STATEN ISLAND, N.Y. – Borough police officers received specialized training to detect when a motorist is driving under the influence of opioids, but what about marijuana?
So far, nine states and the District of Columbia have legalized weed for recreational use, and experts are predicting that New Jersey, which is connected to Staten Island by three bridges, will be the 10th state.
Additionally, Gov. Andrew Cuomo is considering what legalizing recreational marijuana would mean for New York State; he proposed funding an advisory panel in his 2018 budget plan and the state Health Department released a 75-page report listing the pros and cons of legalization.
As a result of the influx of legal marijuana — and the existing marijuana black market — law enforcement is looking for way to detect driver impairment.
“People who are high on opioids, our officers can recognize that… marijuana is a little more challenging,” NYPD Borough Commander Kenneth Corey told the Advance.
“There is no standard, or effective way to measure how high you are… the law hasn’t in that area caught up,” he added.
States like California have begun field-testing a marijuana breathalyzer, which, unlike fluid tests that detect marijuana weeks after it has been smoked, detects whether a person has smoked within the last two hours, which is considered to be the peak impairment timeframe.
COULD STATEN ISLAND GET A BREATHALYZER?
An NYPD spokesperson said the NYPD is not currently using breathalyzers to detect marijuana impairment in motorists.
The spokesperson did not respond when asked if the department is considering using a breathalyzer to detect marijuana impairment in the future.
Louisa Ashford, marketing manager at Hound Labs, the company that created the device being field tested in California and other states,said the company is unable to disclose what police departments it is working with.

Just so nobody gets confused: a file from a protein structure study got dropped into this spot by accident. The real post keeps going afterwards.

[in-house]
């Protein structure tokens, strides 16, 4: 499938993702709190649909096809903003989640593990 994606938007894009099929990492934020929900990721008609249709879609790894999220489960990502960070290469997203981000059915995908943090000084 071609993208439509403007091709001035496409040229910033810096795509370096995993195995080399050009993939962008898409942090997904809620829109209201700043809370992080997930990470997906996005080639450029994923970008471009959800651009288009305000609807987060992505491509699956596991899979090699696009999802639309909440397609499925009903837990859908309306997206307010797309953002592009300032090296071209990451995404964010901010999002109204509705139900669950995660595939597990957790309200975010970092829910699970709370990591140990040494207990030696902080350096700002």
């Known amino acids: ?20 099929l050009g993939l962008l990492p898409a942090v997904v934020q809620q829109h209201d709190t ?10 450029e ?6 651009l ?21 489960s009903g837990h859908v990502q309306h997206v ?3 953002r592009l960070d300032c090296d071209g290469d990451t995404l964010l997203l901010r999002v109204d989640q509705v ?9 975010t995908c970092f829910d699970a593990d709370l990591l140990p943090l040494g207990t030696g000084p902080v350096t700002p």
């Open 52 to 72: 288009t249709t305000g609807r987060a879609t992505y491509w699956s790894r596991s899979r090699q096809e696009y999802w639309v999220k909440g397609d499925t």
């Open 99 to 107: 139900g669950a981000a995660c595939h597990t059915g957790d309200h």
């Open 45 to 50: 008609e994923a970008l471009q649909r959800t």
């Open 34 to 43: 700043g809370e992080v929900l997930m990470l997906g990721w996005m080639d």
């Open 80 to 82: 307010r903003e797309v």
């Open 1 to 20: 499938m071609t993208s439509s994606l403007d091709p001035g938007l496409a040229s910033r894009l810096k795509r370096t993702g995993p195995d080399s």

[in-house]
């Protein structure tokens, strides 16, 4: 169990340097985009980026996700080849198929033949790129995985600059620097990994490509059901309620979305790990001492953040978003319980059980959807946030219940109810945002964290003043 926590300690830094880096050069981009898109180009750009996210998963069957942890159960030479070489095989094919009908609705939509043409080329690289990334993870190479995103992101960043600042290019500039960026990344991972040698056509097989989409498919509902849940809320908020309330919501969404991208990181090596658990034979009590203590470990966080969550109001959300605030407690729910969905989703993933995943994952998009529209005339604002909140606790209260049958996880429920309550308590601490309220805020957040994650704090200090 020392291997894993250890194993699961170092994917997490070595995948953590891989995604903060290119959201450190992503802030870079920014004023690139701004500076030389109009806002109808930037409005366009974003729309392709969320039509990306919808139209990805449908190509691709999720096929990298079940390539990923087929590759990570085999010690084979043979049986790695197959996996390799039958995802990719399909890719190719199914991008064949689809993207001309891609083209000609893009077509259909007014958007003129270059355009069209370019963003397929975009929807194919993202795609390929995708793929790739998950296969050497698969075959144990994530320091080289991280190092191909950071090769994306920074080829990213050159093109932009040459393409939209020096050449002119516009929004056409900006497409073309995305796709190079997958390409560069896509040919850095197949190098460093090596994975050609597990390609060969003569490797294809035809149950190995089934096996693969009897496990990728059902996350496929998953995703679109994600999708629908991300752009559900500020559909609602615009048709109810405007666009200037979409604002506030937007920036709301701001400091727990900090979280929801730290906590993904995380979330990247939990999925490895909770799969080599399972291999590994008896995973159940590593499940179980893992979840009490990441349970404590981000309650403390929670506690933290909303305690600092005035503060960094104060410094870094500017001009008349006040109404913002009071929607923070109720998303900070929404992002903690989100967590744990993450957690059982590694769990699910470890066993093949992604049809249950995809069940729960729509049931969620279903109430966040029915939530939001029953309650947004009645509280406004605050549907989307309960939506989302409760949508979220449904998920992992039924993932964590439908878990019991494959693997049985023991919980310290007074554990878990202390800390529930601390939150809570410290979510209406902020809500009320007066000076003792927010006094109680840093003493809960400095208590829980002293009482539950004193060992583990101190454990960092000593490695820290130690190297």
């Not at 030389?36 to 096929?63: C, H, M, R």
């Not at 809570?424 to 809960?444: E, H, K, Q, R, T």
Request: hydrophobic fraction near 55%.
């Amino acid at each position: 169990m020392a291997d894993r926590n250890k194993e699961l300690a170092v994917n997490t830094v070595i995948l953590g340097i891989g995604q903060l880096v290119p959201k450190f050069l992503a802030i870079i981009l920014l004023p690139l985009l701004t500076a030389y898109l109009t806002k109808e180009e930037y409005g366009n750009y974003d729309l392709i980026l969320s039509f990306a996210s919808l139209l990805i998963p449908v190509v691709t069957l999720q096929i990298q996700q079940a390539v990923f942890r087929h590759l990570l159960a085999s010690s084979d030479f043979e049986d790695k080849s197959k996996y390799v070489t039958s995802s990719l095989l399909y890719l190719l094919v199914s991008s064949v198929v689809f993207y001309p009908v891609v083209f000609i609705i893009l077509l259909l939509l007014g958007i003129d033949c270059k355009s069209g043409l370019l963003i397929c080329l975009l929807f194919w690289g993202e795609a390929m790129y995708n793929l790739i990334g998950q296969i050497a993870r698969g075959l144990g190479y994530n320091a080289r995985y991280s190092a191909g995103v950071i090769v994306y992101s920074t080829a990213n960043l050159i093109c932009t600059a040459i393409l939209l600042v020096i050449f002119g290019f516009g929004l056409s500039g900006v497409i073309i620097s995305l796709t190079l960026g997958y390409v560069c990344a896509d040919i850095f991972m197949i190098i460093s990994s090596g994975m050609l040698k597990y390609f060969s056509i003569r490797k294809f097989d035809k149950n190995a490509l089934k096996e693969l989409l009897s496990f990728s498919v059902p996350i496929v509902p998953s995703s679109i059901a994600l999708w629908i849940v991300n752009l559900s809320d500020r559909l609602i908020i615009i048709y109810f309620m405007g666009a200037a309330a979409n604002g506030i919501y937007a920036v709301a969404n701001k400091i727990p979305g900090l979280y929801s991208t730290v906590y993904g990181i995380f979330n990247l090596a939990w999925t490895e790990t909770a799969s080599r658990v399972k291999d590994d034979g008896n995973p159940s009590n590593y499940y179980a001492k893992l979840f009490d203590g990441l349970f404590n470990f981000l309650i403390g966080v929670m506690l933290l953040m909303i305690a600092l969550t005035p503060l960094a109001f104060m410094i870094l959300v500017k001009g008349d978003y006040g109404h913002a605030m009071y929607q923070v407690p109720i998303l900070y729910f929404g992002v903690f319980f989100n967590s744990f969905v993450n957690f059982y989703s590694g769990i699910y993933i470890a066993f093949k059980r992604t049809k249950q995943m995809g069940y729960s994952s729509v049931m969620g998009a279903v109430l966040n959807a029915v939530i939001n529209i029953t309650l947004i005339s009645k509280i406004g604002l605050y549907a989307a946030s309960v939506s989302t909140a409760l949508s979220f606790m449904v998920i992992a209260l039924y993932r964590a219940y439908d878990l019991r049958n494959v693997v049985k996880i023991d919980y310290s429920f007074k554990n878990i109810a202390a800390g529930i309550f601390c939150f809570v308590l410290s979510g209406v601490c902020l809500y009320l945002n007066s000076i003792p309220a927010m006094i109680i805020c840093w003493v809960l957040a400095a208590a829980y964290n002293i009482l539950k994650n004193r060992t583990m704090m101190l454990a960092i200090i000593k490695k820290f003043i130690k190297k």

The state Department of Health’s (DOH) report states that there is currently no roadside breathalyzer for roadside testing.
“While a breathalyzer for THC may be in development, there is currently no technology for determining impairment. Law enforcement expressed concern about launching a legal program hoping that technology will catch up,” the report stated.
The district attorney’s office declined to comment on how a weed breathalyzer would assist in prosecution for driving under the influence.
It doesn’t matter if you’re an everyday smoker or an occasional smoker, levels of THC – or tetrahydrocannabinol, the psychoactive property of cannabis – in breath are the same, though frequent smokers will have a baseline of THC in their breath, testing shows.
For this reason, some devices have a baseline so measurements will not trigger a positive result.
THC is still detectable in breath even if a user has consumed an edible, however, it takes approximately one hour because the THC must first pass through the gut and liver. Some reports state that THC in breath after consuming edibles lasts longer than smoking.
“A study comparing motor vehicle-related fatalities in Washington and Colorado to eight similar states found that three years after marijuana legalization, changes in motor vehicle fatality rates were not statistically different from those in similar states without regulated marijuana,” the report said.
However, there has been an increased number of crashes reported, according to a pair of national studies released earlier this year.
Research presented to Congress in July by the National Highway Traffic Safety Administration showed participants who used marijuana drove slower, followed farther behind cars in front of them and took fewer risks than when they were sober, according to the study.